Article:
The same goes for a persons’ religion. Barring extreme fundamentalism of any religion, traditional, classical budo, and even koryu deeply influenced by mikkyo, should be an endeavor than anyone can study. This is particularly true of the modern budo, which were MEANT to be transportable and international, in a way, so that more people of whatever denomination (or lack thereof) could practice it. If your own religious beliefs are so strict, however, that you can’t follow some of the basic tenets of etiquette, however, we have a problem. But that’s YOUR problem, not the system’s. Most budo are very egalitarian when it comes to religious points of view. Don’t want to bow because it runs counter to your religious beliefs? That’s like saying you don’t want to shake hands, or you don’t want to touch unclean members of the opposite sex, or you want women to always be inferior to men in the dojo, or you won’t work out with certain ethnic groups because your religion considers them inferior to you. It just won’t fly in the face not just of a modern dojo, but in modern, Western society. If you can’t deal with that, you can’t do modern budo, end of story.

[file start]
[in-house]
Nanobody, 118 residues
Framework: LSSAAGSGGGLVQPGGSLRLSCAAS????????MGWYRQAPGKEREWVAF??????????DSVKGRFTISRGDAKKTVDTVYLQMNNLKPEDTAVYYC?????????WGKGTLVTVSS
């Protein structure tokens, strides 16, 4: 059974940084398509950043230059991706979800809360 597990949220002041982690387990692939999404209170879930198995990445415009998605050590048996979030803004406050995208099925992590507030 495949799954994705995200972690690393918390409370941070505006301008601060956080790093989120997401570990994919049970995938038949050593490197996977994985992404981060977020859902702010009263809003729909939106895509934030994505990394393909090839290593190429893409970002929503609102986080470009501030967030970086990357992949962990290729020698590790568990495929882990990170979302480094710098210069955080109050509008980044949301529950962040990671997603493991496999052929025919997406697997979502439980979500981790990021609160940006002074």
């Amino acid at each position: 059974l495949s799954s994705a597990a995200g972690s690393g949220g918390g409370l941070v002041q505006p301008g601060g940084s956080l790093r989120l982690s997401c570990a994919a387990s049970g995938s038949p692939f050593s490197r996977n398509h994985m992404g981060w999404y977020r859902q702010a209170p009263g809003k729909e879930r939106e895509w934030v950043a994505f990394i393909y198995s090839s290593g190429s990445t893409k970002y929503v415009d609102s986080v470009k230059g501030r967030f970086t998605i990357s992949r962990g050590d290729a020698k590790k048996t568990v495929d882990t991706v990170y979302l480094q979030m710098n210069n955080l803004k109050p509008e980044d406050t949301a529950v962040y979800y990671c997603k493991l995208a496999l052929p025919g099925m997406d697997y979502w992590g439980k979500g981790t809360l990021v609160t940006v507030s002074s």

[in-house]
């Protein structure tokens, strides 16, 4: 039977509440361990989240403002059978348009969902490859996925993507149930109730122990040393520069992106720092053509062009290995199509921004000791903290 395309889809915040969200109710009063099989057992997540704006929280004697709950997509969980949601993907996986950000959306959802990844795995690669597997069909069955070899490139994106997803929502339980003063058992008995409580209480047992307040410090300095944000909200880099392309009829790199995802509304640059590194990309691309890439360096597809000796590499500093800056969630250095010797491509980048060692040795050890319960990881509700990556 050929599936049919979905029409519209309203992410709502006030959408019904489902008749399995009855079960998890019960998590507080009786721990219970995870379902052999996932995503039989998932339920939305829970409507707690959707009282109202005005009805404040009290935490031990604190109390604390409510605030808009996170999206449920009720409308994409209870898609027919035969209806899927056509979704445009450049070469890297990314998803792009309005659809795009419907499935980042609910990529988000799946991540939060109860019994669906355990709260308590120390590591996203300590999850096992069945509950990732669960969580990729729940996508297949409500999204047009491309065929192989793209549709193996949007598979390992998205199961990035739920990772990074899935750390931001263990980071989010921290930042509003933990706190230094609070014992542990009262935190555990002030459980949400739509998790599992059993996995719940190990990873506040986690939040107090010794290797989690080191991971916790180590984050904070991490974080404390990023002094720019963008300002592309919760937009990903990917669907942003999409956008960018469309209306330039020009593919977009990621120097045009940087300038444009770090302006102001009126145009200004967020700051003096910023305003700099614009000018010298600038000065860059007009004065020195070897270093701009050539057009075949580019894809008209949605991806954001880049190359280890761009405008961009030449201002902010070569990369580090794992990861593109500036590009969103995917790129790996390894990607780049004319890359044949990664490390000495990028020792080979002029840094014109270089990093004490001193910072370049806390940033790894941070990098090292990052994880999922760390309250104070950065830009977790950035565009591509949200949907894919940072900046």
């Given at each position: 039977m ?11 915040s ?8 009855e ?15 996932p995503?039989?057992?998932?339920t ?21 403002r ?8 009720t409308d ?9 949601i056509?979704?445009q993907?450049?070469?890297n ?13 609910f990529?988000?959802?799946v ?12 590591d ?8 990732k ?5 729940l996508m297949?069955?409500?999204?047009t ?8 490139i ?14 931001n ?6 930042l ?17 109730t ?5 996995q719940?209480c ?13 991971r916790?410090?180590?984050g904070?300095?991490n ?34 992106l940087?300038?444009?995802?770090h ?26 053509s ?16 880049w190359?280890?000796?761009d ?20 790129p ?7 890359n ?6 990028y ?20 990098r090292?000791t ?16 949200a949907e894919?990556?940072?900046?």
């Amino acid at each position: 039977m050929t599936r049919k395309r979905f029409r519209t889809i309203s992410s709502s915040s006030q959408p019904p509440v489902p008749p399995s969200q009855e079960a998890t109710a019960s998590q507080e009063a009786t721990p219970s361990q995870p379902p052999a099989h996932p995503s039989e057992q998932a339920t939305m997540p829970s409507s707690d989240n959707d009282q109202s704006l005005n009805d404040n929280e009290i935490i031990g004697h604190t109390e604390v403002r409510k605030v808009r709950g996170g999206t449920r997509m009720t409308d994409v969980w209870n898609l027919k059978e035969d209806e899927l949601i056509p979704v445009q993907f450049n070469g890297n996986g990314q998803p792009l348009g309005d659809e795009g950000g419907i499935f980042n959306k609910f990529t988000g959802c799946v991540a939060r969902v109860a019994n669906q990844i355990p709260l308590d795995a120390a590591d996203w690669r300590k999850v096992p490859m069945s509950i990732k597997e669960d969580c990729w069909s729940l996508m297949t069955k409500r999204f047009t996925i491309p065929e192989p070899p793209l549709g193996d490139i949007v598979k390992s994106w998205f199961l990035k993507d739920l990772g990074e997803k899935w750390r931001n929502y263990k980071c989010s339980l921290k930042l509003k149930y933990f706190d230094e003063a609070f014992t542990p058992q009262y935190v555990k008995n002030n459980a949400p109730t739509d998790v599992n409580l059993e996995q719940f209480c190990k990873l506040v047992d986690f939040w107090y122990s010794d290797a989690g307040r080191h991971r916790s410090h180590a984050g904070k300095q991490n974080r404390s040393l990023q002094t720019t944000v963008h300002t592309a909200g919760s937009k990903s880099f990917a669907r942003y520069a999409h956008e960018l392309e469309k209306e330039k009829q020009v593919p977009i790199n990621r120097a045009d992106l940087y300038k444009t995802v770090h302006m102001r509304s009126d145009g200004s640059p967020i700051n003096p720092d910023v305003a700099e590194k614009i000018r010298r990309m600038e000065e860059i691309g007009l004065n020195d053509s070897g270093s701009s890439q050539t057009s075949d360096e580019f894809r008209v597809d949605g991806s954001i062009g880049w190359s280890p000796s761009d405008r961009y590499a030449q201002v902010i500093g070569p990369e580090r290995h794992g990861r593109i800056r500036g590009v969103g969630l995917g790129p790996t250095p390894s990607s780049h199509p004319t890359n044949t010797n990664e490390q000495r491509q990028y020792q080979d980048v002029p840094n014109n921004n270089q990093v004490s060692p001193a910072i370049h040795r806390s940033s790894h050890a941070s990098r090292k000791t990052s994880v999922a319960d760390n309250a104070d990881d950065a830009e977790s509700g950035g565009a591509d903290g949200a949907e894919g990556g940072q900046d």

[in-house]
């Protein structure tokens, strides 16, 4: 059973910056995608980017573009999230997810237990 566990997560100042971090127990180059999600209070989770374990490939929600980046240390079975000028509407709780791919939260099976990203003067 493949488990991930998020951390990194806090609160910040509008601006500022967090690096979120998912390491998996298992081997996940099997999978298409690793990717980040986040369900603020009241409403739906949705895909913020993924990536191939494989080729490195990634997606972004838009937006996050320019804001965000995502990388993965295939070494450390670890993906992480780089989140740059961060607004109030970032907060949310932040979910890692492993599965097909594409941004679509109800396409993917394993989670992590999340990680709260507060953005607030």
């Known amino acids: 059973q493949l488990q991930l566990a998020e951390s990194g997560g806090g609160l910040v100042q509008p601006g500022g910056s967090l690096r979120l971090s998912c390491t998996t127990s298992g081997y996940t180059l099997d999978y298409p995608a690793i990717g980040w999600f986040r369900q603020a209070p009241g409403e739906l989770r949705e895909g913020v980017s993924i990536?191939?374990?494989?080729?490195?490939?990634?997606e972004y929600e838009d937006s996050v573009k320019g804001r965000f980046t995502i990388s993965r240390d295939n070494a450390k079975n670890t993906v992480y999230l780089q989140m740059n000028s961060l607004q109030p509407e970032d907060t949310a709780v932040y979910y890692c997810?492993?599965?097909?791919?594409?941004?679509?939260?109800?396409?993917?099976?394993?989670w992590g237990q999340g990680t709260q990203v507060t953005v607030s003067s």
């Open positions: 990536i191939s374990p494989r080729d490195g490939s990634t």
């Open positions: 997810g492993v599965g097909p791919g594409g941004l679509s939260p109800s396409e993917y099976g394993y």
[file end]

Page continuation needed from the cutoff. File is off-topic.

A koryu may be more tied into particular Shinto and Buddhist deities, but I know devout Christians who see no real dichotomy between their practice and their religion. They tend to see it as a different expression of universal attitudes towards spirituality. If you are a strict religious fundamentalist, you may find trouble bowing to a guardian deity from the Shinto and Buddhist pantheons, but again, that’s not the koryu’s problem. It’s your own. By way of cross-religious interchanges, I’ve heard of devout Jesuit priests visiting the Daitokuji Zen temple in Kyoto, Japan, to learn Buddhist meditation techniques. Jesuits are deeply Catholic, but they apparently found in zazen a valuable way to understand their own spiritual attempts to better understand their own meditative practices.
As far as gender goes, there are differences between the sexes, of course. That’s what makes the world go ‘round. And the courtesies and etiquette should extend to the dojo, but as far as treatment per training, it should be more or less equal. I say more or less, because I believe we do have to make allowances for physiological differences. I wouldn’t do a chest grab on a woman right on her breast, for example. That would get me a slap in the face, or worse. I’d grab higher up on the collar for courtesy’s sake.